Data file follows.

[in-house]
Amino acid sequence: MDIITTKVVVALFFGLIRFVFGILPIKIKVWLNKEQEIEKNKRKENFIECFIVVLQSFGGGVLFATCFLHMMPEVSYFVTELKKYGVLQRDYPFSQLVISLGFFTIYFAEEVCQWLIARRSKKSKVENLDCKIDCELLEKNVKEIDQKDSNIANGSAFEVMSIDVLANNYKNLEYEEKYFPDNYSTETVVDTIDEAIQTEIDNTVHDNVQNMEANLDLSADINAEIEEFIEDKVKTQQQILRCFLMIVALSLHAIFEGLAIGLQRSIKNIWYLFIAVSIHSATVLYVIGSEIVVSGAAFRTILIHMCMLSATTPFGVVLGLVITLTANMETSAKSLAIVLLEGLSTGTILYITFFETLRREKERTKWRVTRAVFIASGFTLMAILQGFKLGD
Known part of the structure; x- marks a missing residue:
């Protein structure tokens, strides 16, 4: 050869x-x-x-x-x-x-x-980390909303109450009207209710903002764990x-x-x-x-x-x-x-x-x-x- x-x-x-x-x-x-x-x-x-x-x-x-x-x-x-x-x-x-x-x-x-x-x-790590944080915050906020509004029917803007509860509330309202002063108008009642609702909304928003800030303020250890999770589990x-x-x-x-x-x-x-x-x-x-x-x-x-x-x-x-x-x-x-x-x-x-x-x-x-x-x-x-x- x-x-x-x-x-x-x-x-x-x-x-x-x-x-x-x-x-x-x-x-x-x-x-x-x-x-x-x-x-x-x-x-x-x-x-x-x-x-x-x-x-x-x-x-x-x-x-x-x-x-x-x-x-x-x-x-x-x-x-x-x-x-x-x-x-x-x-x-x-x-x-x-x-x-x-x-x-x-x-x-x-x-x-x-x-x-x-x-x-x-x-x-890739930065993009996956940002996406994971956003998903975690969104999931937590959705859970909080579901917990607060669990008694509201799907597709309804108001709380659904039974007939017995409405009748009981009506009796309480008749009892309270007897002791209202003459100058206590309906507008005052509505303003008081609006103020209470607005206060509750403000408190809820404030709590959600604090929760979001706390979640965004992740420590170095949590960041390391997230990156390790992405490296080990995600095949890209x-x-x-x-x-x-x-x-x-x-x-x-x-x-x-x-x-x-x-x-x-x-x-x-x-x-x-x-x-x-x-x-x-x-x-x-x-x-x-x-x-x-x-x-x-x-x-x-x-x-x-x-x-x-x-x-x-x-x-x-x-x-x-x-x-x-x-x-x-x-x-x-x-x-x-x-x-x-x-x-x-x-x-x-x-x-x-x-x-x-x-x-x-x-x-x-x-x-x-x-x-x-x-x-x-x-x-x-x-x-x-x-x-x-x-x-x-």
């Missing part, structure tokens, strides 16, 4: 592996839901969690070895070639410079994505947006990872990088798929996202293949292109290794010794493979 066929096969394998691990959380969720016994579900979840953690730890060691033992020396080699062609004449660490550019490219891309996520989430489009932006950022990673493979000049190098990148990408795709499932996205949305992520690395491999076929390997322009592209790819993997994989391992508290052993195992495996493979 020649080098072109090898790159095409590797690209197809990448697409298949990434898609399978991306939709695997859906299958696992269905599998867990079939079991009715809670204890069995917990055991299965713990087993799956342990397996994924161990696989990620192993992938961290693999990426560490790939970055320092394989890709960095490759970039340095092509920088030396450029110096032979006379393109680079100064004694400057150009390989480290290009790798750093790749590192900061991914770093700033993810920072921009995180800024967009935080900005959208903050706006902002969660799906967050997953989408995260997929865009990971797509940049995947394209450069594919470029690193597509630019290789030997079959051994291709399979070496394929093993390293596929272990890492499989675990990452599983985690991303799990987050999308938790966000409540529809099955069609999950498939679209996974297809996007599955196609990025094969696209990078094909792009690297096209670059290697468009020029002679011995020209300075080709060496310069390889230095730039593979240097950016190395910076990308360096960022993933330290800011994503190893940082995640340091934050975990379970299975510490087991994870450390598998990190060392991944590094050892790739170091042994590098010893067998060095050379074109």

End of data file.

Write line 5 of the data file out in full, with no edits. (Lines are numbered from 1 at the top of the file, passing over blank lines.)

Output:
């Missing part, structure tokens, strides 16, 4: 592996839901969690070895070639410079994505947006990872990088798929996202293949292109290794010794493979 066929096969394998691990959380969720016994579900979840953690730890060691033992020396080699062609004449660490550019490219891309996520989430489009932006950022990673493979000049190098990148990408795709499932996205949305992520690395491999076929390997322009592209790819993997994989391992508290052993195992495996493979 020649080098072109090898790159095409590797690209197809990448697409298949990434898609399978991306939709695997859906299958696992269905599998867990079939079991009715809670204890069995917990055991299965713990087993799956342990397996994924161990696989990620192993992938961290693999990426560490790939970055320092394989890709960095490759970039340095092509920088030396450029110096032979006379393109680079100064004694400057150009390989480290290009790798750093790749590192900061991914770093700033993810920072921009995180800024967009935080900005959208903050706006902002969660799906967050997953989408995260997929865009990971797509940049995947394209450069594919470029690193597509630019290789030997079959051994291709399979070496394929093993390293596929272990890492499989675990990452599983985690991303799990987050999308938790966000409540529809099955069609999950498939679209996974297809996007599955196609990025094969696209990078094909792009690297096209670059290697468009020029002679011995020209300075080709060496310069390889230095730039593979240097950016190395910076990308360096960022993933330290800011994503190893940082995640340091934050975990379970299975510490087991994870450390598998990190060392991944590094050892790739170091042994590098010893067998060095050379074109």